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This is one of my lab assignments: I have to create an proc entry here: /proc/sys/kernel/ and I have to write a system call to manipulate a user space variable for different values of the proc entry I just added. For eg: say, user space variable is 1 and proc entry is 0 or 1. Now the system call should increment the user space variable by 1(if proc entry is 0/off) or multiply it by two(if proc entry is 1/on)

I did the following to add the proc entry: I created an entry xxx by adding a struct under the kernel ctl table section in the file in the kernel/sysctl.c. Compiled the kernel and the system boots well with this kernel. The entry is also added into proc directory as /proc/sys/kernel/xxx. I am now able to read or write to it from user space. I did both cat and echo to read and write resp.

I did the following in the system call: I wrote a system call to read the user space variable. I also completed and tested the access_ok, copy_from user, copy_to_user and all that. I also completed manipulating the user space variable to increment always(for now).

Problem I am facing: Now, I have to add an if condition to check the "xxx" value to decide whether I should increment or multiply the user space variable. This is where I am stuck. Not in writing the system call. I don't know how to read this proc entry "xxx".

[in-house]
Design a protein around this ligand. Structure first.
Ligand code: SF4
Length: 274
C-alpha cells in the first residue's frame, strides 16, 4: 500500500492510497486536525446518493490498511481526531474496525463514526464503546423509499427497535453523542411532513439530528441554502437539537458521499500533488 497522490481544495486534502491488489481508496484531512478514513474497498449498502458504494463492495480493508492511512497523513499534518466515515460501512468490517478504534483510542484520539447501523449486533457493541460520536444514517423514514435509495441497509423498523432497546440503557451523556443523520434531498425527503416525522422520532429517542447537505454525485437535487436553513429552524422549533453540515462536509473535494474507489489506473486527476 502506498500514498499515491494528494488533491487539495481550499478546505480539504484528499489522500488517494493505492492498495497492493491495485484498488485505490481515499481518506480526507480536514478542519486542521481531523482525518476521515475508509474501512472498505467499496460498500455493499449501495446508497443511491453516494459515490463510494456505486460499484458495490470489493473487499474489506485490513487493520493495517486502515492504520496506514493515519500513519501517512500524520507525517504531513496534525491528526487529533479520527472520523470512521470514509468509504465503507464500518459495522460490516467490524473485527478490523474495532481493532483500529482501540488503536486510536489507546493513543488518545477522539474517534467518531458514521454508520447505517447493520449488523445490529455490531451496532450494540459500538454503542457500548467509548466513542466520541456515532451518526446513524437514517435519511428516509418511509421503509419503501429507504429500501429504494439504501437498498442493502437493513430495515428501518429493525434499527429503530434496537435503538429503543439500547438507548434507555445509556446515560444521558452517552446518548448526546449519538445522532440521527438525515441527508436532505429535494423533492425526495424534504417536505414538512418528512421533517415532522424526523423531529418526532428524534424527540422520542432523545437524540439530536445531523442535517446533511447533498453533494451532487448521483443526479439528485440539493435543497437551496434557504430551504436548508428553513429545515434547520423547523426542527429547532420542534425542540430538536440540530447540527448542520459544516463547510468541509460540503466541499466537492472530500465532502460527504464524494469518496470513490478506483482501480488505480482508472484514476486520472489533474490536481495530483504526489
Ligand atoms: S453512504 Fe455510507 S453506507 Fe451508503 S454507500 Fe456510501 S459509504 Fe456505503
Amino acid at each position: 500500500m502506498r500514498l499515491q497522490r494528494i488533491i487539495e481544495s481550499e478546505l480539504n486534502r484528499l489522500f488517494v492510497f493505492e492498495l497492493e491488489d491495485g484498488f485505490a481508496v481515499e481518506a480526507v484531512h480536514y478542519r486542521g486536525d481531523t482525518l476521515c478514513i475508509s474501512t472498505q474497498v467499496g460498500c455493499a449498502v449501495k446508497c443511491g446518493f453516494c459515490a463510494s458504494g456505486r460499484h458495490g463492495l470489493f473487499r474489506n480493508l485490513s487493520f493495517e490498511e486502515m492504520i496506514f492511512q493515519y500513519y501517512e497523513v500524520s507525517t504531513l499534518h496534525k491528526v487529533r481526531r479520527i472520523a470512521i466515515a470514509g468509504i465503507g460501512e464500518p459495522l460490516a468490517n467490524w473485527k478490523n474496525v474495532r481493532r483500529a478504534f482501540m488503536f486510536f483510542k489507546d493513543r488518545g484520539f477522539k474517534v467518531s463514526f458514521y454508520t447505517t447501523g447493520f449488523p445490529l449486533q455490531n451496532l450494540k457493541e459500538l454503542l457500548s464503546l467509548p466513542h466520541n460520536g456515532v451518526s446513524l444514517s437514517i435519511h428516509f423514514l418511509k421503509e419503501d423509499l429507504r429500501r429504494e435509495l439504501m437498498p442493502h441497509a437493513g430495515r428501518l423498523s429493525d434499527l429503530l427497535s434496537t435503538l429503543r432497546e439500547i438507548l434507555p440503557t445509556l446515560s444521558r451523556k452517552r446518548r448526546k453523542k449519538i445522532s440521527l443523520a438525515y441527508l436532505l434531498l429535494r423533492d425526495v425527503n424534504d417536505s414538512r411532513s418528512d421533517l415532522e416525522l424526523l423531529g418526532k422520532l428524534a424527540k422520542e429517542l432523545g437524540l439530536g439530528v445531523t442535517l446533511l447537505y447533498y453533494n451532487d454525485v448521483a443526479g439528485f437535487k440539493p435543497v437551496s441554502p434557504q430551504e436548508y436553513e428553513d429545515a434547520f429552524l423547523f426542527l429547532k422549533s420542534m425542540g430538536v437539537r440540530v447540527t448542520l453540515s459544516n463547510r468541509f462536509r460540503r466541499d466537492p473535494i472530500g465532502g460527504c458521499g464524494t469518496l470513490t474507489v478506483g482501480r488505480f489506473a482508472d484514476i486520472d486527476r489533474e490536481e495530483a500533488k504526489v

1. Can I use file handling?
  2. If so, should I use open() system call inside my system call? Will it work?

When I checked, there was sysctl system call, but it seems deprecated now. This IBM tutorial talks about reading the proc entry. But create_proc_entry does not apply to parameters inside /proc/sys/kernel directory right? If so, how can I ever use read proc entry function?

share|improve this question
There was another question similar to this, but they specifically used create_proc_entry for entry under /proc. But, I edited the sysctl.c directly to get an entry under /proc/sys/kernel. So, I am not sure how that answer applies here either. – SaranyaDevi Ganesan Feb 6 '13 at 7:32
You can create a variable which will be exported (visible to other kernel translation units) and will reflect the current value of your parameter. You will have to update it in the new sysctl handler you've implemented, and add the system call to read its value. If your problem is more specific, feel free to update the question. – Michael Foukarakis Feb 6 '13 at 7:42
@MichaelFoukarakis I am pretty new to this. So can you explain waht do you mean by variable and sysctl handler? I edited the question to better explain what I did and what I am looking for. – SaranyaDevi Ganesan Feb 6 '13 at 8:00
Why is this being voted down? It looks to be a perfectly valid question to me. – Dipstick Feb 6 '13 at 8:12
@Dipstick Agreed, it's a model question - the OP describes the background to the question, details what they've done so far, and asks specific questions. – Blowski Feb 6 '13 at 12:42

"But, now I have to write a system call to read the value of xxx."

I suspect that the term "system call" is being used in a formal sense and that you are being asked to add a new system call to the kernel (similar to open, read, mmap, signal etc) that returns your value.

See Adding a new system call in Linux kernel 3.3

share|improve this answer
Yes, formally, I have to write a system call and add it to the kernel. I know how to add it to the kernel. I have edited the question, to be more specific. Please take a look. Thanks – SaranyaDevi Ganesan Feb 6 '13 at 20:14

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